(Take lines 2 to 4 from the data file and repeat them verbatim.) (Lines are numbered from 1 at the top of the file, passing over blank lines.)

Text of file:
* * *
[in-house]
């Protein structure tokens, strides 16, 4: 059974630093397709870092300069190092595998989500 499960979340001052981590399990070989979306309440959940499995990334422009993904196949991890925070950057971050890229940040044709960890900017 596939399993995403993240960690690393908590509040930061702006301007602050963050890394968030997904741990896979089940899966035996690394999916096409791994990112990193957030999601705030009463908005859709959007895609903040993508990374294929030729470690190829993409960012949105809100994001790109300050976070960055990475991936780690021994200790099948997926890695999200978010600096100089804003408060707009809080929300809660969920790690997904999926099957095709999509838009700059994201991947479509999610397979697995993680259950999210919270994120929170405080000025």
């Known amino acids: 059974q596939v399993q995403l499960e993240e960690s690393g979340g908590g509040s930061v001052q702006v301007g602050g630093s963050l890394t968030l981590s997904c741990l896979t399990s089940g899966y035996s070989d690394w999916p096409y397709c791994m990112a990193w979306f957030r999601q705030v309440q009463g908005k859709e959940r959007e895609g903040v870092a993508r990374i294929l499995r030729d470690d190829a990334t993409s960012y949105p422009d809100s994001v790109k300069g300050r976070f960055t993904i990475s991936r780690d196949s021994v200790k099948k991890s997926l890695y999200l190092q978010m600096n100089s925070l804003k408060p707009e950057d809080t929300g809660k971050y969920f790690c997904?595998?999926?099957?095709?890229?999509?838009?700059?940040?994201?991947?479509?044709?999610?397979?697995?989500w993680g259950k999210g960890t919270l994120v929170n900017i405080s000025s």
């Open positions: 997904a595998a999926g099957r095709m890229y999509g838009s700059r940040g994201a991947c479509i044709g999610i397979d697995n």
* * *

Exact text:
């Protein structure tokens, strides 16, 4: 059974630093397709870092300069190092595998989500 499960979340001052981590399990070989979306309440959940499995990334422009993904196949991890925070950057971050890229940040044709960890900017 596939399993995403993240960690690393908590509040930061702006301007602050963050890394968030997904741990896979089940899966035996690394999916096409791994990112990193957030999601705030009463908005859709959007895609903040993508990374294929030729470690190829993409960012949105809100994001790109300050976070960055990475991936780690021994200790099948997926890695999200978010600096100089804003408060707009809080929300809660969920790690997904999926099957095709999509838009700059994201991947479509999610397979697995993680259950999210919270994120929170405080000025």
């Known amino acids: 059974q596939v399993q995403l499960e993240e960690s690393g979340g908590g509040s930061v001052q702006v301007g602050g630093s963050l890394t968030l981590s997904c741990l896979t399990s089940g899966y035996s070989d690394w999916p096409y397709c791994m990112a990193w979306f957030r999601q705030v309440q009463g908005k859709e959940r959007e895609g903040v870092a993508r990374i294929l499995r030729d470690d190829a990334t993409s960012y949105p422009d809100s994001v790109k300069g300050r976070f960055t993904i990475s991936r780690d196949s021994v200790k099948k991890s997926l890695y999200l190092q978010m600096n100089s925070l804003k408060p707009e950057d809080t929300g809660k971050y969920f790690c997904?595998?999926?099957?095709?890229?999509?838009?700059?940040?994201?991947?479509?044709?999610?397979?697995?989500w993680g259950k999210g960890t919270l994120v929170n900017i405080s000025s």
């Open positions: 997904a595998a999926g099957r095709m890229y999509g838009s700059r940040g994201a991947c479509i044709g999610i397979d697995n």